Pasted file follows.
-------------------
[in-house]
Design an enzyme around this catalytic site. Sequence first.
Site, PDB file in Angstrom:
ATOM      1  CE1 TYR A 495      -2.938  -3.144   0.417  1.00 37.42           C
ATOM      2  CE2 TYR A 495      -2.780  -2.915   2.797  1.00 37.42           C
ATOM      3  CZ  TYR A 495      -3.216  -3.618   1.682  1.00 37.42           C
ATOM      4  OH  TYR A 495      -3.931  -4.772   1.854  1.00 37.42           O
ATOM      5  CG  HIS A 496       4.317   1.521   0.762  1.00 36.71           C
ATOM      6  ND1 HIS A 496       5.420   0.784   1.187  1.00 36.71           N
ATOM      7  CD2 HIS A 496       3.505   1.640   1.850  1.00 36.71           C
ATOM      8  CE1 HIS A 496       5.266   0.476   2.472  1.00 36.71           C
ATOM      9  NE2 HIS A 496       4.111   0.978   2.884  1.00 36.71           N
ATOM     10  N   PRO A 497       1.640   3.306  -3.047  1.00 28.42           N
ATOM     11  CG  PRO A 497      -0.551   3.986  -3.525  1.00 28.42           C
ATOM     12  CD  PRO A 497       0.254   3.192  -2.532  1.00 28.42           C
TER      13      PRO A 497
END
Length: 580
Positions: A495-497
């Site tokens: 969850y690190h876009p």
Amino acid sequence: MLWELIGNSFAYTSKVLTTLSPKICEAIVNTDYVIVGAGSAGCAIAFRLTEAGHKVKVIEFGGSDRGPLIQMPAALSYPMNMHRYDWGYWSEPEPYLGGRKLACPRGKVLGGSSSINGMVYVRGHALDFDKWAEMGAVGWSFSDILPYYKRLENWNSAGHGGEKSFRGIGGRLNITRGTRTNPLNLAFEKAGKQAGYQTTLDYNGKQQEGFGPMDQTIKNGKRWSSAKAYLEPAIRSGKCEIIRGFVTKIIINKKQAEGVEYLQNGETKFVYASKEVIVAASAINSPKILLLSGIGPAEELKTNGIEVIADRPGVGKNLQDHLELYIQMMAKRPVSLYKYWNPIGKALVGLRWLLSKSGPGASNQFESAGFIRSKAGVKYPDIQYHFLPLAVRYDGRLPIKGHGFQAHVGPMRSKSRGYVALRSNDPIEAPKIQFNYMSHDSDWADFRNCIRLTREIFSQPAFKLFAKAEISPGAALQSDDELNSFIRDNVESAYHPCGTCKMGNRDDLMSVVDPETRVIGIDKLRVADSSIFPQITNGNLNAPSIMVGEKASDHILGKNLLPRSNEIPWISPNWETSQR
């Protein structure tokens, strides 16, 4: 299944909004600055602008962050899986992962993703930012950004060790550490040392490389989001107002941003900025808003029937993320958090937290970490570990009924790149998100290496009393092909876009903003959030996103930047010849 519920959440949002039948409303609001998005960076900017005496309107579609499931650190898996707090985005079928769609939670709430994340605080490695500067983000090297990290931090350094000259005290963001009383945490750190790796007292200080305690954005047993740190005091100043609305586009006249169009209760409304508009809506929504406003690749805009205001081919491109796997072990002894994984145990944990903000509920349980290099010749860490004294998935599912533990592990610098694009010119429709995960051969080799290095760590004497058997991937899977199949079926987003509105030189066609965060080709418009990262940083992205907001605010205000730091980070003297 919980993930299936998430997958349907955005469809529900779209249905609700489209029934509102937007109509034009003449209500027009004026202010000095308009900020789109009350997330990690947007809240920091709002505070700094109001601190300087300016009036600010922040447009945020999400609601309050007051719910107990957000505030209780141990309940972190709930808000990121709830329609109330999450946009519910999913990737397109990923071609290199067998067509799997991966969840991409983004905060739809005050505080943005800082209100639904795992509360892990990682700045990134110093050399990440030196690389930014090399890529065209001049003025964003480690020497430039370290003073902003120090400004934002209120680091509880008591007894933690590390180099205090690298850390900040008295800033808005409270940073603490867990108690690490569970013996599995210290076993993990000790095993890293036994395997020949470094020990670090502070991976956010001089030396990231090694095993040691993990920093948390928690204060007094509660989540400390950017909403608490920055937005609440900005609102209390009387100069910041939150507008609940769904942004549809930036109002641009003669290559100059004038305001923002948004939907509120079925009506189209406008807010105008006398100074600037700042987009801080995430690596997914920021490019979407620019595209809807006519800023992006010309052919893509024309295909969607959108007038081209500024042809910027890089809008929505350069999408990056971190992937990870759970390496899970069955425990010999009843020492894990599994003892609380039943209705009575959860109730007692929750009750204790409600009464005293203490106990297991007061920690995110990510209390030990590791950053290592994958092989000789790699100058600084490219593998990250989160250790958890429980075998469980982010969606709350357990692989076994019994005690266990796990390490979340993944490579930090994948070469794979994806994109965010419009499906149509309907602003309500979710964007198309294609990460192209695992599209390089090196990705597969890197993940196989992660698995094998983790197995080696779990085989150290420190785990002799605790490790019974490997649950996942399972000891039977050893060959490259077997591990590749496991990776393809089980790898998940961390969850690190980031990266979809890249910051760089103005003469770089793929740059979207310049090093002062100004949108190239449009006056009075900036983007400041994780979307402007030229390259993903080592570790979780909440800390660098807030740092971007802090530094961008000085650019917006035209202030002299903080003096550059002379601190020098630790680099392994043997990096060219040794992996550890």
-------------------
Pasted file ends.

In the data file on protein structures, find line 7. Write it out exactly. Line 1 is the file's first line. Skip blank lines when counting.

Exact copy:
ATOM      4  OH  TYR A 495      -3.931  -4.772   1.854  1.00 37.42           O